History of Indianapolis and Marion County, Indiana, Volume 2 – Berry Robinson Sulgrove
In a history mainly composed of the incidents that indicate the growth of a community, and the direction and character of it, where few are important enough to require an extended narration, and the remainder afford little material, it is not easy to construct a continuous narrative, or to so connect the unrelated points as to prevent the work taking on the aspect of a pretentious directory. In this case, however, the author presents us an almost perfect history of the town of Indianapolis, including all townships, and Marion County, Indiana. This is volume two out of two.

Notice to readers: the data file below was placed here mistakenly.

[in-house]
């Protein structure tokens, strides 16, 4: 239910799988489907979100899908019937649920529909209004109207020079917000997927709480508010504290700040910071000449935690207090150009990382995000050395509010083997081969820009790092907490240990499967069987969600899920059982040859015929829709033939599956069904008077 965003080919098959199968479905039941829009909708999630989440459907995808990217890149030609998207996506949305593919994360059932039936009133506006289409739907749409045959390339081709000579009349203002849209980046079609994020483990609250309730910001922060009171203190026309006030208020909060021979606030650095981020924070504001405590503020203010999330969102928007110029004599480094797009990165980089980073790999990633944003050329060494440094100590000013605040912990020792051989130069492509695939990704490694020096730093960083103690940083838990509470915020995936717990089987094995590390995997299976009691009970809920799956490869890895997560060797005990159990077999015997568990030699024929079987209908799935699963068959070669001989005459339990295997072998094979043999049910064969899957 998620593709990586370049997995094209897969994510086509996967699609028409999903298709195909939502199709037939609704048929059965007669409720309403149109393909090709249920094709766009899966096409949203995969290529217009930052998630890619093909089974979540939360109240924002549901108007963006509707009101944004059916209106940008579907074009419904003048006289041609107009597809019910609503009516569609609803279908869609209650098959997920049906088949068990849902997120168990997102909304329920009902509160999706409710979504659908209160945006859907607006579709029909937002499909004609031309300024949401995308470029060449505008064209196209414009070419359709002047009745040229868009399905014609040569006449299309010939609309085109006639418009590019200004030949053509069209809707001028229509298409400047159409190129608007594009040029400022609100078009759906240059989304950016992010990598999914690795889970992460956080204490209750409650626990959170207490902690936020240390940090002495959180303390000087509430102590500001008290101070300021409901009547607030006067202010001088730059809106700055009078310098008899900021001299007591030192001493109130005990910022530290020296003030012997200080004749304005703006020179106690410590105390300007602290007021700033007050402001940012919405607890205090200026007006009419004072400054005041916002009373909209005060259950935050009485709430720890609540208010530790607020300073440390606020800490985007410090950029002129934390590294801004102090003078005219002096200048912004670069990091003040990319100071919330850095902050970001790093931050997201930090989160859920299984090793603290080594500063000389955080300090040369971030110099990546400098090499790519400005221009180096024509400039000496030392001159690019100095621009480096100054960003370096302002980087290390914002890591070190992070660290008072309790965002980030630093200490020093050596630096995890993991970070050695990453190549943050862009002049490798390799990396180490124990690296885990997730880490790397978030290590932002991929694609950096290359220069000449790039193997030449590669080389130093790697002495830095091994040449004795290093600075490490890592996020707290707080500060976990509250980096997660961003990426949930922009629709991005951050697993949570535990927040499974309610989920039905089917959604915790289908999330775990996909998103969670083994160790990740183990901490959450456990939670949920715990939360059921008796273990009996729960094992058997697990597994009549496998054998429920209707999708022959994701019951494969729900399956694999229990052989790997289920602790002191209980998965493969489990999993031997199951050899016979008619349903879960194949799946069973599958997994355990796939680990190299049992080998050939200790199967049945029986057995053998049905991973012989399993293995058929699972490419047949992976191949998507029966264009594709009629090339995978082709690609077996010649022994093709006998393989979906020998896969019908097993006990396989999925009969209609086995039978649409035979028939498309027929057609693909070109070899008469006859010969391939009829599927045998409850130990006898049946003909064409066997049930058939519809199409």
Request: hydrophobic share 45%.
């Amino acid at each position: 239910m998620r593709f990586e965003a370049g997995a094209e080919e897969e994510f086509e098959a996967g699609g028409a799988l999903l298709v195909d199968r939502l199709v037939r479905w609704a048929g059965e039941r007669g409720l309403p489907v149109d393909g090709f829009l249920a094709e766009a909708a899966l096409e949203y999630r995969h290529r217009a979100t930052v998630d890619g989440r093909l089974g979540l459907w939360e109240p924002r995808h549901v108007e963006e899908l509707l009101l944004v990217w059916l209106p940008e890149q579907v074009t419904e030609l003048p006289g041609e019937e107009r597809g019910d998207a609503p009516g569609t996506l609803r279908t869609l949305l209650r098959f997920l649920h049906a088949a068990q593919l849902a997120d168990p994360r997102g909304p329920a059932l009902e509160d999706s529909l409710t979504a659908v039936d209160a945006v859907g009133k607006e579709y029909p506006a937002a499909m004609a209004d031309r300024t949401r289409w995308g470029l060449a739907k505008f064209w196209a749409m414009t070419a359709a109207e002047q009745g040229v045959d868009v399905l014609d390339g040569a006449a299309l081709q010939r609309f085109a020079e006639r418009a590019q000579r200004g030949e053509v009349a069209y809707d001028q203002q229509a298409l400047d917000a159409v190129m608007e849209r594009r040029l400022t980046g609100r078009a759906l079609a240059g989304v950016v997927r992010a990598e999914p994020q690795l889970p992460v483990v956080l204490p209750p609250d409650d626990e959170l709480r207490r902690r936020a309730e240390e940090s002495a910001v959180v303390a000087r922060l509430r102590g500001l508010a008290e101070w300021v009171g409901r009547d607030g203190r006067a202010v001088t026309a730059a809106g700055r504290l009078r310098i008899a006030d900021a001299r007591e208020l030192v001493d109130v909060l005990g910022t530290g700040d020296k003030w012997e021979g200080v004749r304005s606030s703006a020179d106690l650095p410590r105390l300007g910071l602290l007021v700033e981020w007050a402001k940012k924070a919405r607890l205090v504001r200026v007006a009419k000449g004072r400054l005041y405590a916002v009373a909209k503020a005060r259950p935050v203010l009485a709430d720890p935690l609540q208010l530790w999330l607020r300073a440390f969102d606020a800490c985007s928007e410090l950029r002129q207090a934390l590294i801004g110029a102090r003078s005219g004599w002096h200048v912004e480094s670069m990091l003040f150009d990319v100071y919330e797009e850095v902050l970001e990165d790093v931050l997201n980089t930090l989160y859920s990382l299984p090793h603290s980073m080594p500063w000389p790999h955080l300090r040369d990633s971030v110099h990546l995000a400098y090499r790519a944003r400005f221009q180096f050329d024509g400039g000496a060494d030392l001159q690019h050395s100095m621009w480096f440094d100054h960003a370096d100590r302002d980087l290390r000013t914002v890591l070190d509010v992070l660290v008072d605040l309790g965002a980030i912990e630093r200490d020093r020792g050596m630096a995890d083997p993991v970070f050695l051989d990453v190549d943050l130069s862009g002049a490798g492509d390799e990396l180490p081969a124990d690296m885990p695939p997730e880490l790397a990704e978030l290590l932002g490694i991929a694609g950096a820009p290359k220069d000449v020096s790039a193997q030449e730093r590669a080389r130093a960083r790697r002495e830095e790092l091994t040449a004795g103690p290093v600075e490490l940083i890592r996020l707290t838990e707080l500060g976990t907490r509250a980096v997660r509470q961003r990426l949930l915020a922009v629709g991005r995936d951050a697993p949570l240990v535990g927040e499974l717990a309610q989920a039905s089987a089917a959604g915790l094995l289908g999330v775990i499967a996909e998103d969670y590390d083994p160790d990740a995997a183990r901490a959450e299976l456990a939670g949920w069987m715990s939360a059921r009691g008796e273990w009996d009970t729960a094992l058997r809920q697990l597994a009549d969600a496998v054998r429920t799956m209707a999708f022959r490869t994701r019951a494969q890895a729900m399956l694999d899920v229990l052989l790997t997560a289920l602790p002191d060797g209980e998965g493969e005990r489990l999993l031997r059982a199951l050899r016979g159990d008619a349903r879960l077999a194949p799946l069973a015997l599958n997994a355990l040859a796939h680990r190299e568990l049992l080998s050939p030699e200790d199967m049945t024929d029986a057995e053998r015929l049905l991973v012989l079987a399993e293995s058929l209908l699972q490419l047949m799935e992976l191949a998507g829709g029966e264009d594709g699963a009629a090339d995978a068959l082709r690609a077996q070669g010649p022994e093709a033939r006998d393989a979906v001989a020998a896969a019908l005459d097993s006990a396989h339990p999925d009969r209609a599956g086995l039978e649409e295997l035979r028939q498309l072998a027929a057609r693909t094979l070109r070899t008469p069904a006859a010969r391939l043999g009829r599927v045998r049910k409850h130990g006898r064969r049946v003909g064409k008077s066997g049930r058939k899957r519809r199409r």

History of Indianapolis and Marion County, Indiana, Volume 2
Excerpt from the text:
Churches of Indianapolis.